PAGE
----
If anything, MOOCs in the right courses could be incredibly helpful in enabling faculty to experiment with flipped (or semi-flipped) instruction.  To the extent that MOOCs might enable professors on site to focus more on helping students get through knotty issues, rather than just explicating the same old stuff at the board, they could add value. (Alternately, they could give an exasperated instructor an option to refer the slowest-moving student to, without making the entire class wait.)  But the structure, the pacing, the human connection, and the institutional legibility all still need to be provided first by the professor, and subsequently by student support folks -- advisors, counselors, etc.

We already have online courses, but they aren’t MOOCs, and the difference matters.  Our online sections are either the same size, or smaller, than their onsite counterparts, and each one has an actual human being teaching it.  (Despite the overheated fantasies on both sides, online courses don’t actually save faculty labor costs.  They do save facilities costs.  It’s cheaper to add server space than to add classroom space.)  They’re highly interactive; faculty here report that an online course takes at least as much time to teach as an onsite one, even if the time is spent in smaller chunks.  Onsite courses here are as much about student interaction and engagement as they are about presentation.  That’s why we’ve managed to keep our online course completion rate at the same level as our onsite rate.  

The real threats to community colleges aren’t MOOCs.  Yes, we may lose the occasional prodigy who is suddenly able to show Harvard what he’s got.  But those come in ones and twos.  When I lose sleep about the fate of my college, it’s because of finances, legislative blind spots, clunky federal rulemaking, and the general political trend towards framing higher education as a private good.  It’s not because of MOOCs.  I’ll save my meltdowns for the real threats.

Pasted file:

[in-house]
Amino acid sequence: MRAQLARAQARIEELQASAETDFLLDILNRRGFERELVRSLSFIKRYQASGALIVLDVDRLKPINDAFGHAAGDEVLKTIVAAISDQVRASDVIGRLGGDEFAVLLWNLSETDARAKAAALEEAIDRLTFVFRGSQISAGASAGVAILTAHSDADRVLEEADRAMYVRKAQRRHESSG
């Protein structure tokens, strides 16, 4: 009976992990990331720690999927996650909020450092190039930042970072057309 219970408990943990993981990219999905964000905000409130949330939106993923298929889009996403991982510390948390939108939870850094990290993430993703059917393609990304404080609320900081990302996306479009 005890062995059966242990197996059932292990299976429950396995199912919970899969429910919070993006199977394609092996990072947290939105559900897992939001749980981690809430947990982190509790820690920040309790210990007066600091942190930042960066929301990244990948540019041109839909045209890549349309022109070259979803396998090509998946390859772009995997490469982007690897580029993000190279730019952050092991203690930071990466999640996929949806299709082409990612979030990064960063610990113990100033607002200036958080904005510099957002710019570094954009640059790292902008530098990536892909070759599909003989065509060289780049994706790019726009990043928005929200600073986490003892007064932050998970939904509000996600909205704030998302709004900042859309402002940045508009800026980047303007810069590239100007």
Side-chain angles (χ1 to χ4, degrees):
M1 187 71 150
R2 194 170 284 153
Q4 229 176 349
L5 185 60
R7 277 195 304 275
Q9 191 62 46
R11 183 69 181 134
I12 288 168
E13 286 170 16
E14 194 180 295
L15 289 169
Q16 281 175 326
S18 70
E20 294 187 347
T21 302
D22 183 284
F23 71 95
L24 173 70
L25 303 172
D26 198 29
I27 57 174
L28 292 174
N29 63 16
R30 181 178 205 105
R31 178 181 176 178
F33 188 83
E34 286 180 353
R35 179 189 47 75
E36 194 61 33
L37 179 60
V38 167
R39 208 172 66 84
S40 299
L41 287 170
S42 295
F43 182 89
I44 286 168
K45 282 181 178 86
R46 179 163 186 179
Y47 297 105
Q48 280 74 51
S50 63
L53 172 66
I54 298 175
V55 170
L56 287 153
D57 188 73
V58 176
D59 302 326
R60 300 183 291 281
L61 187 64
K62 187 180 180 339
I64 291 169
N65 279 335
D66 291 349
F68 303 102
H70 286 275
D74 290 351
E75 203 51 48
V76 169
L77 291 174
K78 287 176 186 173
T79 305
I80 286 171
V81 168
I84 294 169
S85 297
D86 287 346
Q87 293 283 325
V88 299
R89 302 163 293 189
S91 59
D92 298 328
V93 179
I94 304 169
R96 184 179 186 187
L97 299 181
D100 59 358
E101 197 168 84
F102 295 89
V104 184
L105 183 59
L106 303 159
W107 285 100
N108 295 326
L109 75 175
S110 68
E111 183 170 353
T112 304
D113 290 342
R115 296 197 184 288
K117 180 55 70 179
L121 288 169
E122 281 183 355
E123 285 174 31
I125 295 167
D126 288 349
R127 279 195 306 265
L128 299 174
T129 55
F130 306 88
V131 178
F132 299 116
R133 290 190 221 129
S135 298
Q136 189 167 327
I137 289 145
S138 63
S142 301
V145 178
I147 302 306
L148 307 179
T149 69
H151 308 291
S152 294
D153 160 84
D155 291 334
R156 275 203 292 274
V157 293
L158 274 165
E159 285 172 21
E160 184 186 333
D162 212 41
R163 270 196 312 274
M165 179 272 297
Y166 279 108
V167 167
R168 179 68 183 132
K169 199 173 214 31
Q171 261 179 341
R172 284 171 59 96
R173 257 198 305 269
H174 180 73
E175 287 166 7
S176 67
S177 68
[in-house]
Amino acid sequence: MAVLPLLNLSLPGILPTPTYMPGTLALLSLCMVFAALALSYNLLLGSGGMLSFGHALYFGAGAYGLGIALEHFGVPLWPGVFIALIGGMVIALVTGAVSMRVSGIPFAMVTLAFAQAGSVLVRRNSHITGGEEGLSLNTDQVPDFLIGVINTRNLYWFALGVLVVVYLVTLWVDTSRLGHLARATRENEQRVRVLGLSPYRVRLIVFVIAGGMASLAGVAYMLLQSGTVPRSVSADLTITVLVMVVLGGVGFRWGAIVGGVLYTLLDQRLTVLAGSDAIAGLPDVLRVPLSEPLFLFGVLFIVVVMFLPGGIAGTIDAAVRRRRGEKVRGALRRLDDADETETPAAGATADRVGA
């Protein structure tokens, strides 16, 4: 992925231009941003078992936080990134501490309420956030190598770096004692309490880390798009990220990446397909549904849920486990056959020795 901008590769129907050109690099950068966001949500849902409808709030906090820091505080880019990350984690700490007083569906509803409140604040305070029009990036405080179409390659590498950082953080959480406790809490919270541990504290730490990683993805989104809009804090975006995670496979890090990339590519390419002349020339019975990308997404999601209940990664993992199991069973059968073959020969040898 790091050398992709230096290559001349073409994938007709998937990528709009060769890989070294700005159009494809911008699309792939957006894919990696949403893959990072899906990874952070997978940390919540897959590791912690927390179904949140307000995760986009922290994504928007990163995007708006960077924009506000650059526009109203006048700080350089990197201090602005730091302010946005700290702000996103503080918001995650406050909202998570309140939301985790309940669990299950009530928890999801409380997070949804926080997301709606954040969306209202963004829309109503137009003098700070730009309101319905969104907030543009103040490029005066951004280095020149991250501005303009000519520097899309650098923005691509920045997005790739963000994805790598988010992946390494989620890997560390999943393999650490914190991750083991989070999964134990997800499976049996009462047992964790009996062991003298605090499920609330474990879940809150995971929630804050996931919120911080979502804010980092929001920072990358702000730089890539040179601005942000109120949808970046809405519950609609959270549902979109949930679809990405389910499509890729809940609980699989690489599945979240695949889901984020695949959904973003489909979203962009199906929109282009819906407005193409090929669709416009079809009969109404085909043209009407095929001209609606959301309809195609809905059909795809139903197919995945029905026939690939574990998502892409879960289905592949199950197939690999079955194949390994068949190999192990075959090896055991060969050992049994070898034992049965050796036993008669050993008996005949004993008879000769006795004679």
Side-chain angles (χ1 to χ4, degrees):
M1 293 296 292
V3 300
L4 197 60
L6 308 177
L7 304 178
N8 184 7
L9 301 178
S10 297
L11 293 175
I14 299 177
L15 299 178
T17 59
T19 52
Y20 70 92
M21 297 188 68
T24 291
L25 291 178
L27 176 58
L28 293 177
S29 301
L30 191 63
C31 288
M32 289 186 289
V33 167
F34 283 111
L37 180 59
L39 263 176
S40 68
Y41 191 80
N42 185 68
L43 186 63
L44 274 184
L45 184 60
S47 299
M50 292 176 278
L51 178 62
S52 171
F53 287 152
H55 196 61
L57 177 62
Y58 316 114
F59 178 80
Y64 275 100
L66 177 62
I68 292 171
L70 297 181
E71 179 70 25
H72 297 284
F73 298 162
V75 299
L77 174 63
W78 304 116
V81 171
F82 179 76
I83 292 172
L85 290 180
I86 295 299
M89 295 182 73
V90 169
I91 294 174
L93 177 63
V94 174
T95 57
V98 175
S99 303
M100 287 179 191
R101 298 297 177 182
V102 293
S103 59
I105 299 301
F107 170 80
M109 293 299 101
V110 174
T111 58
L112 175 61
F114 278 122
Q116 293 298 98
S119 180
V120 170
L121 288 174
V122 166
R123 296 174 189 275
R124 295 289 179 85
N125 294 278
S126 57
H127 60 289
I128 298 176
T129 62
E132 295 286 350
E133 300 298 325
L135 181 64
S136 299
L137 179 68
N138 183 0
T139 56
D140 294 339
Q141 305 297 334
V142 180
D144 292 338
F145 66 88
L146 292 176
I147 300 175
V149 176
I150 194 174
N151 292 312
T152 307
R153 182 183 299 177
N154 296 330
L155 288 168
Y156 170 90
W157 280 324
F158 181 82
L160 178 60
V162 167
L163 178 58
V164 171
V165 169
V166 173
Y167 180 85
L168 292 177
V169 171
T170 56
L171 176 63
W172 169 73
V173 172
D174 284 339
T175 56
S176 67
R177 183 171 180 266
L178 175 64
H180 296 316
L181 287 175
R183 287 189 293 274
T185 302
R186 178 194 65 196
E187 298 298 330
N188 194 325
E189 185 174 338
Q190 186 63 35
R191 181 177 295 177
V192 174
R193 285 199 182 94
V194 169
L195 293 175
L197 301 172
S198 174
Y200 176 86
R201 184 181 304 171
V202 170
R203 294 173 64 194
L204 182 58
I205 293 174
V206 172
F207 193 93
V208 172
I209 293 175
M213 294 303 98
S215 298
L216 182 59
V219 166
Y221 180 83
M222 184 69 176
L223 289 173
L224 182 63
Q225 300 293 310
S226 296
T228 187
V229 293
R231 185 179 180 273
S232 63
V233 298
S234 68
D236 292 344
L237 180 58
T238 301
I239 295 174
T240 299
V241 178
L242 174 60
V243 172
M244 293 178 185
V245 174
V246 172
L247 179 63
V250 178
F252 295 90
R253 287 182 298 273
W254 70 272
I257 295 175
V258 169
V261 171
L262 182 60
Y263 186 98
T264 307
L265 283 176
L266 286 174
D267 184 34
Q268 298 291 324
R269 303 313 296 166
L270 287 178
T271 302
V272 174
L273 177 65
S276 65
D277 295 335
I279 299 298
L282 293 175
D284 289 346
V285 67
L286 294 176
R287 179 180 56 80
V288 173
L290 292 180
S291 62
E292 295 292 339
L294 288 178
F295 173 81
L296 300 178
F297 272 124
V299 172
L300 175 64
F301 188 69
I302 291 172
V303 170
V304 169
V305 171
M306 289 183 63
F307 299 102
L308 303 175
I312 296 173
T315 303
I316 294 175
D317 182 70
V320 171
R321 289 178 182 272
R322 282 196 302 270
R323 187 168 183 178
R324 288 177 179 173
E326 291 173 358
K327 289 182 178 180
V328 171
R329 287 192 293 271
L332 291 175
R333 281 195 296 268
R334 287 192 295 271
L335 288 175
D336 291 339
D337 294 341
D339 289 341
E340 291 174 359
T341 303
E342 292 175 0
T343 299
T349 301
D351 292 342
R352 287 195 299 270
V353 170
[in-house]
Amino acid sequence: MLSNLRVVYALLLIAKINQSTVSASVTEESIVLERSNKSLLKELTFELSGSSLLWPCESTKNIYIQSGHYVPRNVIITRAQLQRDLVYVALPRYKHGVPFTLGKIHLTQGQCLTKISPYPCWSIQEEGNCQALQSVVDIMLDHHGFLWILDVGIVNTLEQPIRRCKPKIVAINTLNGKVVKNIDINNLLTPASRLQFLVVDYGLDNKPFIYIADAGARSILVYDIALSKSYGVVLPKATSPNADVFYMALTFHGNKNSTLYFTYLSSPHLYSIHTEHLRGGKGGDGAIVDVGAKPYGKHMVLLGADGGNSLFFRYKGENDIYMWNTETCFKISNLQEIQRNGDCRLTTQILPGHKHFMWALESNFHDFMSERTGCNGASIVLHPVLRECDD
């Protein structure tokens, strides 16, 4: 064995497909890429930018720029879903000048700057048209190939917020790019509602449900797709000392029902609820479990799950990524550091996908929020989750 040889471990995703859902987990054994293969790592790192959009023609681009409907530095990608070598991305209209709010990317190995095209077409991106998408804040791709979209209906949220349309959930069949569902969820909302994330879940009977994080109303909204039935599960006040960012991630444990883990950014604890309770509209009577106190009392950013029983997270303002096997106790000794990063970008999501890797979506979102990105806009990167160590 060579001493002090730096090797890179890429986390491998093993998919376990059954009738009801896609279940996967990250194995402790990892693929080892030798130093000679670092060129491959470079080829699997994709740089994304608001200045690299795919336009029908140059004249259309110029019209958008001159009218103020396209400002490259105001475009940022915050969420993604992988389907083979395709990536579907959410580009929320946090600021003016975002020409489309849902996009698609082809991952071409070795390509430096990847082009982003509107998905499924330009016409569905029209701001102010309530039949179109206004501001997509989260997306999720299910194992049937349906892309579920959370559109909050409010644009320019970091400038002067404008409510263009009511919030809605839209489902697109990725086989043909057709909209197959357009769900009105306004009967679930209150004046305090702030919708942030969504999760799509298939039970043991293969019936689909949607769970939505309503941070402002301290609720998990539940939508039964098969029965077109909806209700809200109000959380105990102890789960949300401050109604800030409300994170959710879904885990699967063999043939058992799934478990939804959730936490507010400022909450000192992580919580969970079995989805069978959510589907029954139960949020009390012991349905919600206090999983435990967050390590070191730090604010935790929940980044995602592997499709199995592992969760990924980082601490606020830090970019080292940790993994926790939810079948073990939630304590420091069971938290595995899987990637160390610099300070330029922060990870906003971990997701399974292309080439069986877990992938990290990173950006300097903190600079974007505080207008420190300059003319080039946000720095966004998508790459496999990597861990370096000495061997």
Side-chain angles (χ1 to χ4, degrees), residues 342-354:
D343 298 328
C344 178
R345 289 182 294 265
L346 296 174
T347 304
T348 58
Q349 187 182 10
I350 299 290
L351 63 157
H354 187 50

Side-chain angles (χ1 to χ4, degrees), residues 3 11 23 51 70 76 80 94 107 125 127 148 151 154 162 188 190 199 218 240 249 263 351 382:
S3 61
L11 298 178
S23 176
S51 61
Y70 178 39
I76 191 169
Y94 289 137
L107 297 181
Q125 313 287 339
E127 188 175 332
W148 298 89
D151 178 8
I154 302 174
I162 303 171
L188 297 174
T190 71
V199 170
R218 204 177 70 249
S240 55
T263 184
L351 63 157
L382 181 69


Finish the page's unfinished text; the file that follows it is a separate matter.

Comments:
I thought a big part of Khan academy was automated testing and frequent feedback to the student. Books don't really do that. Why doesn't this save tutor time? Why doesn't something similar partially replace an online calculus or chemistry instructor? Maybe in a few Yeats it will?
 
Thanks for the link. That is a must read, DD!

I generally describe our demographic as the "second quartile", but since the fourth quartile are dropouts, it might be better described as the middle third of HS graduates. (The top group goes directly to 4-year schools.) But I could be wrong, because I suspect many of the more motivated half go directly into trades instead of college. Now I'm curious what the HS rank of our students actually is.

I love your analysis about structure and high expectations. I wish there was a way to convey that (effectively) during new student orientation.

One thing I discovered about the pre-MOOC resource of Lewin's MIT physics lectures was that one group of students who watched them discovered they were getting most of the same content in my class. Instant credibility. Too many of the kids who are preparing to fail don't believe that CC profs know what they are doing. Maybe a compare-and-contrast essay assignment on a particular topic we both cover would help fix that.

Side comment to Morgan Price @7:30PM -
Many books for calculus and chemistry come with homework systems that (if used properly by the student) provide just the feedback you describe. If Timothy Burke knew what those things cost students and added that to the cost of the college-wide CMS, the full value of open-source solutions would be even clearer.
 
i've said this before.

i took many classes in college that revolved around reading a handful of books. the prof would lecture on them, and we'd take a test. the professor's lecture provided some insight into the books, but it was nothing that couldn't be read from a website or pamphlet dedicated to that book. we, as students, could have read the book, and then read a 10 page essay on the book, and we would have been just as knowledgeable as we would've been by sitting through the lectures.

in those cases, what was the value gained by taking a course? what value did the prof provide? none.

this is where your online courses are great. this is where colleges need to unload their curriculum to online courses. they need to admit that a lot of the courses that kids take are crap, and that the professors themselves provide no more real-world value than a few 10-page essays on the books they assign.